14. Back to school and COVID-19: Everything to know as students head back to class 7-9 minutes As students head back to classes this fall – online, in-person or a hybrid of the two – millions of families are walking a tightrope, trying to balance safety with continued academic growth. Most large public school districts have opted for fully online learning, but some have already returned to in-person classes and new cases of COVID-19 have already been reported at schools in Indiana, Kentucky, Mississippi and Tennessee. Colleges and universities, meanwhile, are increasingly altering earlier plans and opting for online fall semesters. As the COVID-19 situation in the U.S. continues to evolve, we're here to keep you updated on all the latest news and scientific developments. Check back for back-to-school resources, tips and tricks. Can children get COVID-19? Yes, children can catch COVID-19, but they are less likely to than adults. A study published in Science has shown that children under age 14 are between one-third and one-half as likely as adults to contract the virus. Another group of researchers looked at 2,000 children and teachers in schools around the German state of Saxony. Tests were carried out in several schools after reopening where there had been known outbreaks of the virus. There were few coronavirus antibodies among children and teachers indicating that only some of them had gotten the disease. Around 7% of confirmed COVID-19 cases in the U.S. have been among children younger than 18, according to the Centers for Disease Control and Prevention. However, older Americans now represent a lower percentage of infections than they did at the start of the outbreak. Most schools around the country closed in March as the virus began to circulate more widely. That could explain why fewer children got sick. – Karina Zaiets, Veronica Bravo and Jennifer Borresen Will schools become hot spots for coronavirus spread? Advocates for resuming school in person, including President Donald Trump, have repeatedly claimed that children pose less of a risk of spreading COVID-19, but the evidence suggests otherwise. About 245,000 youth from birth to 17 have tested positive, according to the latest data from the Centers for Disease Control and Prevention. Hundreds have transmitted the virus at summer camps and youth programs that have welcomed kids, often with the kinds of hygiene, masking and physical distancing rules proposed by many schools. More than 300 cases have been linked to state child care facilities in California, 62 in Pennsylvania and 54 in North Carolina, according to data published by those states. In Georgia, at least 260 people became infected in June at an overnight youth camp where the median age of campers was 12 and staff members 17, according to a CDC report. The first person – a teenage staffer – became sick two days after the first weeklong camp session. Officials started sending campers home the next day and closed the camp by the end of the week. – Jayme Fraser and Dan Keemahill Parents need to study up on 'pandemic pods' It's hard to say when – or if – education will ever look the same. As COVID-19 case levels spike, schools across the country turn to remote learning for the start of the fall semester, and some families are "podding up." Learning pods, also dubbed "pandemic pods," are small groups of families that agree to do supplementary learning or complete at-home coursework together. Sometimes they hire a tutor. Sometimes they share the supervision among parents. Interest in additional, at-home educational support has flooded social media over the past few weeks. One Facebook group called "Pandemic Pods" had more than 27,000 members as of Sunday. In addition,, a company that connects families with caregivers, has seen a 14% increase in families using keywords such as "part-time school," "remote learning," "former teacher" and "in-person tutor" in their job posts. has seen a 92% increase in families seeking shared care arrangements. – Wyatte Grantham-Philips Will the pandemic will worsen existing educational inequalities? Some parents are in a better position than others to ensure their children stay healthy and keep up with schoolwork, and researchers are raising questions about how the pandemic may exacerbate existing educational inequalities. "Kids who are disproportionately low-income are at highest risk for learning losses," said Ariel Kalil, a professor at the University of Chicago Harris School of Public Policy. "When these gaps in learning open up, absent some really serious and sustained intervention, the kids won’t (catch up). That will result in less academic achievement, lower lifetime earnings and even lower productivity in adulthood." USA TODAY spoke with more than a dozen families, and many agreed: It's not safe to send kids back yet. But some parents can afford to hire personal tutors and buy new learning materials for their kids while they stay home from school. Others are more concerned about simply obtaining the tools needed to make online learning possible. Colleges are increasingly going online for fall 2020 semester Just as in the spring, college students have been left scrambling to adjust their class schedules and living arrangements, faced with paying expensive tuition for online classes and rent for an apartment they may not need. Digital classes are still unappealing to many, and the chances of in-person instruction for next semester remain murky. At the end of July, Miami University in Ohio said all undergraduate classes would be held virtually through at least Sept. 21. West Virginia University announced its classes would start on Aug. 21, about a week later than originally planned, and that most upper-division courses would be taught online or through a hybrid of in-person and online courses. And George Washington University in Washington, D.C., said it was forgoing its plans for the fall semester and would hold undergraduate and most graduate classes online, joining colleges such as the California State University system and Harvard that had already made that decision. – Chris Quintana Colleges hope new rules will slow COVID-19 spread, but students aren't convinced Colleges have set new rules for student conduct, and but it's unclear how universities will go about enforcing them, especially when the offensive behavior takes place off-campus – or overnight. The University of Texas at Austin, for example, has banned parties, both on campus and off, saying they put "the health and safety of our community at risk and raise anxiety levels." Tulane University in New Orleans threatened suspension or expulsion for students who throw or attend parties that have more than 15 people and asked students to monitor and report on the behavior of their peers. "Do you really want to be the reason that Tulane and New Orleans have to shut down again?" the message to students concluded. University of Pennsylvania officials have asked that students refrain from organizing parties while prohibiting students on campus from having "guests" in their "personal space." In regards to off-campus sleepovers, the university advised that students are "strongly discouraged" against hosting guests during the semester. – Chris Quintana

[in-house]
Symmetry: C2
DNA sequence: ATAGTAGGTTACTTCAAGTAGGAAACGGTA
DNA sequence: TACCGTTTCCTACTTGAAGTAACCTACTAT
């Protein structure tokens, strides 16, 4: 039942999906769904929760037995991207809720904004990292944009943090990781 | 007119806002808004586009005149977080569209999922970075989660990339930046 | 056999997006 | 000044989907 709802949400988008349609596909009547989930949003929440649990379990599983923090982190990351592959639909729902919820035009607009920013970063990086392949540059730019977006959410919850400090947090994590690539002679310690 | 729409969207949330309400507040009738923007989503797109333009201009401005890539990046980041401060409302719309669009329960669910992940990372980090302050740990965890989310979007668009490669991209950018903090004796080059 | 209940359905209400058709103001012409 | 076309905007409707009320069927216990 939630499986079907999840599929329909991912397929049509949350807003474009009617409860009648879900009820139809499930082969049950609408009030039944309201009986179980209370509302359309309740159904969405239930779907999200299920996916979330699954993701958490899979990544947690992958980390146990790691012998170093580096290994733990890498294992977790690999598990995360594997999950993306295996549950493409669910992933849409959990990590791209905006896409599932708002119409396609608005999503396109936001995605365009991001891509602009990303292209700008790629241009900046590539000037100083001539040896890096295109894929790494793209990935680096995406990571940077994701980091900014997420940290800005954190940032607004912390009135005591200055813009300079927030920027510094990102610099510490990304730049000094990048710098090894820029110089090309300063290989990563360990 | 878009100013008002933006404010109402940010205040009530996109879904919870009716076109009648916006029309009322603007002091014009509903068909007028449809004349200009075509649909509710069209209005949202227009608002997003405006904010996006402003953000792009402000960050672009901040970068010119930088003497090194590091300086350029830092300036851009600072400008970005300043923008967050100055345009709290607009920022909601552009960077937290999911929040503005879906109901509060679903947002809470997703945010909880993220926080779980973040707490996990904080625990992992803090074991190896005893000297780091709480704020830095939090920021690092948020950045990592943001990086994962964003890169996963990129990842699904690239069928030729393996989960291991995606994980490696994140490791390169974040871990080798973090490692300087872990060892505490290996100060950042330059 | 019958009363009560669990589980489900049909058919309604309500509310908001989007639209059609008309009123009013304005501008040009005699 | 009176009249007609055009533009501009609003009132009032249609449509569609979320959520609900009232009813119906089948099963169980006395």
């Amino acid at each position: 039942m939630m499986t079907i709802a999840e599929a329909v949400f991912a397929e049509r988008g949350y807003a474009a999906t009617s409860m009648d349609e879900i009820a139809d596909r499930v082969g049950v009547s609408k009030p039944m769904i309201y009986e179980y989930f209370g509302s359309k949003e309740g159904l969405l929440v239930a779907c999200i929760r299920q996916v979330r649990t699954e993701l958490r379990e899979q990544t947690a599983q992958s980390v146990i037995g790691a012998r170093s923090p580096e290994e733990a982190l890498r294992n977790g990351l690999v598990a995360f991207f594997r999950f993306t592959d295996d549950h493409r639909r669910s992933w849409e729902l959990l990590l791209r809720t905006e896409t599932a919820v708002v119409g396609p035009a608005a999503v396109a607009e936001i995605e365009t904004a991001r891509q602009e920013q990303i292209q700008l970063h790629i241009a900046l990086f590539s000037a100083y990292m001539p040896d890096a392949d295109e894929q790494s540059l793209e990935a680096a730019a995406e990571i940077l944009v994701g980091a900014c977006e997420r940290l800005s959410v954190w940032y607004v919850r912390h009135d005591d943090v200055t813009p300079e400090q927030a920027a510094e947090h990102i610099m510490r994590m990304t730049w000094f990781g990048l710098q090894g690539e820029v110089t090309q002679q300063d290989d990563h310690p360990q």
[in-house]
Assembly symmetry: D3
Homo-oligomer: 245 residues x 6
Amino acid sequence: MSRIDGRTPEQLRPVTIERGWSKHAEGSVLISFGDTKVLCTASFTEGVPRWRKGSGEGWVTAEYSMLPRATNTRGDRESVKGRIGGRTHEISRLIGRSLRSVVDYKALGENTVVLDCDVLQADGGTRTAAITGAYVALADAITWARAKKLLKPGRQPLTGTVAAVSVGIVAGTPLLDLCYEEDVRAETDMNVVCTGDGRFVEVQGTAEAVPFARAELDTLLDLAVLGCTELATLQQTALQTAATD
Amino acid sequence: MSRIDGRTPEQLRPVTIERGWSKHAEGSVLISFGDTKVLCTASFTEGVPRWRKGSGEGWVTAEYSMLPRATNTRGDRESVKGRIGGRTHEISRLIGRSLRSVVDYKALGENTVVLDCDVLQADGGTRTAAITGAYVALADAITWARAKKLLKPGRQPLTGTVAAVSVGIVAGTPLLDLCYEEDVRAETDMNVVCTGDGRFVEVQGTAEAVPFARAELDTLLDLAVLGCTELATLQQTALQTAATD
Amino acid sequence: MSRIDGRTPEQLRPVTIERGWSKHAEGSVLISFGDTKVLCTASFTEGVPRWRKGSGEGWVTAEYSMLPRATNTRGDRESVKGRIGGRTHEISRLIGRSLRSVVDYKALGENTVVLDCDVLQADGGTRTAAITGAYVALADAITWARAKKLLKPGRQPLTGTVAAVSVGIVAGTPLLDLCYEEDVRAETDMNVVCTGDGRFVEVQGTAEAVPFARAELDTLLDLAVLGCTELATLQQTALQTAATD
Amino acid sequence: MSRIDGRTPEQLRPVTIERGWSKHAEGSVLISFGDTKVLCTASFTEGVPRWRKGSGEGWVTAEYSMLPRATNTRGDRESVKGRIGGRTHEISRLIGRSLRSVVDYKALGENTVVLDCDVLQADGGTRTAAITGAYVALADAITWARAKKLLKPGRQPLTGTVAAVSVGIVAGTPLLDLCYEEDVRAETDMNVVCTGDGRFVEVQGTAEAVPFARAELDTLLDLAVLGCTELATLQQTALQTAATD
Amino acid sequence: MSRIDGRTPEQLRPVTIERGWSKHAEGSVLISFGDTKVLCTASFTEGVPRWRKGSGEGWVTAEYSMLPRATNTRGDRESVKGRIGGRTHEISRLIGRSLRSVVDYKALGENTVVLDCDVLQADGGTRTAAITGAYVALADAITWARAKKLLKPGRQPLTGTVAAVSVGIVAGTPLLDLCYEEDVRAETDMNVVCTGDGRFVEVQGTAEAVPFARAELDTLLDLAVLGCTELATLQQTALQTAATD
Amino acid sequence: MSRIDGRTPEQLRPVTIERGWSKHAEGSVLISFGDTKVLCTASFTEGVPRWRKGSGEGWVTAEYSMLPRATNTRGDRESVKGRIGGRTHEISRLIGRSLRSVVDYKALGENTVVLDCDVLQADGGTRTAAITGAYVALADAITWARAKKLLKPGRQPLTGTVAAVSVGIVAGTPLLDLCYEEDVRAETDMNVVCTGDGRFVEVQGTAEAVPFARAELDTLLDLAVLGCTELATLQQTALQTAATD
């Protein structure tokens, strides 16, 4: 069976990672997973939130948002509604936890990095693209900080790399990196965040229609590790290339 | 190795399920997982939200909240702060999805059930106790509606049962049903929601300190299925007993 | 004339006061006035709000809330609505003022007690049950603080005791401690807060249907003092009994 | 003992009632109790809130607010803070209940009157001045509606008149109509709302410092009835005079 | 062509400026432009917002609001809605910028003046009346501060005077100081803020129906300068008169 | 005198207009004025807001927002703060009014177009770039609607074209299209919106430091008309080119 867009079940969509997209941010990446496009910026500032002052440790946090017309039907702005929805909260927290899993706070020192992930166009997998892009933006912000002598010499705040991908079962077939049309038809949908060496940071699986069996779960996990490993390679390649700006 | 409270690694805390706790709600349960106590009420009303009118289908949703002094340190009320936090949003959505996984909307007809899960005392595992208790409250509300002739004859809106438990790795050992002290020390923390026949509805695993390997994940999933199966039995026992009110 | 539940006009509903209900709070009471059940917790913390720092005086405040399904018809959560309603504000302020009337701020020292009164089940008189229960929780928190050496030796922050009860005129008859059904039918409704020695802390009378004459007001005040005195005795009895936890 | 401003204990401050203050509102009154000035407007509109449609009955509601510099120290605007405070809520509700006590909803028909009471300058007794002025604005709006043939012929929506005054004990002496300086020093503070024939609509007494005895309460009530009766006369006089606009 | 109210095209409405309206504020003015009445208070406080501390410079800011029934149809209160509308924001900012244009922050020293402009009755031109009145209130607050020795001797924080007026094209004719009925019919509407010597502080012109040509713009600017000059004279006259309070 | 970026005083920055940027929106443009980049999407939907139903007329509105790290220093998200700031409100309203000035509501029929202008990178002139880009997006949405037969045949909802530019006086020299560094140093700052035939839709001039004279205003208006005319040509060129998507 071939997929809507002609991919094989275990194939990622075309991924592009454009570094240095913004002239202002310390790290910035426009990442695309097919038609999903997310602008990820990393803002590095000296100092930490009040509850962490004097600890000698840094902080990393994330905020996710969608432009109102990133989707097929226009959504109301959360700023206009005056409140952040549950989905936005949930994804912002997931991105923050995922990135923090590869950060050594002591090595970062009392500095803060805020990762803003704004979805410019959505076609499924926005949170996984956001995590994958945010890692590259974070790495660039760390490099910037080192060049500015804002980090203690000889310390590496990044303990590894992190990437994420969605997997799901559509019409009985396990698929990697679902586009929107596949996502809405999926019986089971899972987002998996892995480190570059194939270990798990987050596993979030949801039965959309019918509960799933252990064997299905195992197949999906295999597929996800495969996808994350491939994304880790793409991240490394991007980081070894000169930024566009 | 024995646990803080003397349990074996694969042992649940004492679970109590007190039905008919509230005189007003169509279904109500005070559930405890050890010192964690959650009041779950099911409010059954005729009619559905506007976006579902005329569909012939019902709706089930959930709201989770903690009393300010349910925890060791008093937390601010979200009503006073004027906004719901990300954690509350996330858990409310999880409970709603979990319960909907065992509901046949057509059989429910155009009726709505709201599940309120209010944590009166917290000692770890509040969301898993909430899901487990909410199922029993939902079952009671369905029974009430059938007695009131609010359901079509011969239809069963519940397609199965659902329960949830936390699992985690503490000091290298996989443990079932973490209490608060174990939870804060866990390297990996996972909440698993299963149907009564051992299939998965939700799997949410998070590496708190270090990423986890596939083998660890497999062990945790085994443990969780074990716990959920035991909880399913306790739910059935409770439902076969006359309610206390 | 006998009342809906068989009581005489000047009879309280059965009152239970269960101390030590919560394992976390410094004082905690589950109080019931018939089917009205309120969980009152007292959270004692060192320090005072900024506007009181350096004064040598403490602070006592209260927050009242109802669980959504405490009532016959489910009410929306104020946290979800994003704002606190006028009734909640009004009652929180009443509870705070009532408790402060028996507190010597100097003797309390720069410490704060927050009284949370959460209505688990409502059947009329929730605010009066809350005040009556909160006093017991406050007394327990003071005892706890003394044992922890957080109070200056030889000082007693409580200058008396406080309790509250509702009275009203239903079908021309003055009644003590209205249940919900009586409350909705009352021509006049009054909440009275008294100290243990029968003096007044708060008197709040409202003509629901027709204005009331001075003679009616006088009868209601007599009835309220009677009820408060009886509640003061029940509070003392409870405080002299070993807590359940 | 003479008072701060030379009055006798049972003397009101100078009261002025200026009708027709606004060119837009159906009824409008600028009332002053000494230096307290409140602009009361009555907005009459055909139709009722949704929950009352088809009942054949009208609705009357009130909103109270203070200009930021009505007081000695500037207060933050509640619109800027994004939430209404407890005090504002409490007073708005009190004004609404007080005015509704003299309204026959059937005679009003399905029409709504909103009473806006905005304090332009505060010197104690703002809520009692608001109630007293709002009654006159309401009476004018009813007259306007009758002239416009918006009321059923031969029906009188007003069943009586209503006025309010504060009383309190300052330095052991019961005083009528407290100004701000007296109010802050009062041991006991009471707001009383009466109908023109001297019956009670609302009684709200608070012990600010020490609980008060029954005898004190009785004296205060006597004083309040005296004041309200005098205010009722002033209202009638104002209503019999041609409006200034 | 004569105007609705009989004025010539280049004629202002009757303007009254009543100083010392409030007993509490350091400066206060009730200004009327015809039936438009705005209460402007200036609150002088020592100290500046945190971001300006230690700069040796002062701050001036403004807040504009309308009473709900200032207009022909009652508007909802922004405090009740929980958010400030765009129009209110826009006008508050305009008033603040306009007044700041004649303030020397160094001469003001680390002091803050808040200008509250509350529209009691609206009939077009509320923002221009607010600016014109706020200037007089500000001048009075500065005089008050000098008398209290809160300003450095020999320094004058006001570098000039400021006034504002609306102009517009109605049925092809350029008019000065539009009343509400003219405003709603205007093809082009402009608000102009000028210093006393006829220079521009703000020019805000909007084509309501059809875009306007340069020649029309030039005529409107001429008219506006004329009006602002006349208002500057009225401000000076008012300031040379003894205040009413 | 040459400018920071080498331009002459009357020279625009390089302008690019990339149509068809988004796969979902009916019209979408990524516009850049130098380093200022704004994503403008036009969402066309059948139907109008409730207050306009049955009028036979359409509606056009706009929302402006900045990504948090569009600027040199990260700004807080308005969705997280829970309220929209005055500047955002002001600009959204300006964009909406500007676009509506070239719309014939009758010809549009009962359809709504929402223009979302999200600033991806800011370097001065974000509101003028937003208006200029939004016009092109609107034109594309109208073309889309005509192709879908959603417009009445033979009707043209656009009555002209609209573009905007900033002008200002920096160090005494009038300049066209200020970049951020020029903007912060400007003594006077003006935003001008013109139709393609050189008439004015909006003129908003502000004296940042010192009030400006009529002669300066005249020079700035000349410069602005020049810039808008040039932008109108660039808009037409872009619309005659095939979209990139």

15. Five students in quarantine after 1st day of school in Alabama By Trisha Powell Crain | 3 minutes Five students in a south Alabama high school are now in quarantine after coming in close contact with an individual who tested positive for COVID-19 after the first day of school on Thursday. “We had an individual who last night started developing symptoms of COVID-19,” Saraland City Schools Superintendent Aaron Milner told “They had contracted it from a family member, it appears.” Milner said the individual called the principal of Saraland High, just north of Mobile, on Friday morning to report the illness. After receiving a positive COVID-19 test, the individual reported it to the school. The district reported the case to the Mobile health department, he said. “In consultation with them, we then began working on contact tracing.” Through careful tracing and examination of seating charts, they determined the individual had come into close contact with only five students at the high school. Those students were sent home, where they will now do distance learning during the 14-day quarantine. All five of those students wore masks at school, Milner said. Milner said faculty and staff have worked hard to social distance and set up a safe environment at school. He said it was remarkable considering the circumstances. “For the whole day, when you consider that we had some 3,030 individuals in all of our schools, due to our spreading out as much as possible, and we had only five that met the (close contact) criteria.” About the students, Milner said, “By all indications, they’re a little upset about getting sent home.” “We could not have asked for a more supportive response from (the students’) guardians and parents,” he said. Milner said he is not surprised, and his faculty and staff are not shaken by the news. “This is making news because we were one of the first districts to open. It’s going to be a broken record for this school year.” Saraland joined Enterprise City on Thursday as the first two school systems to restart in-person classes in Alabama. Three more districts opened on Friday. “This is just a challenge there we’re going to deal with,” Milner said. “We’re going to continue to analyze cases, and if we need to make adjustments, we will.”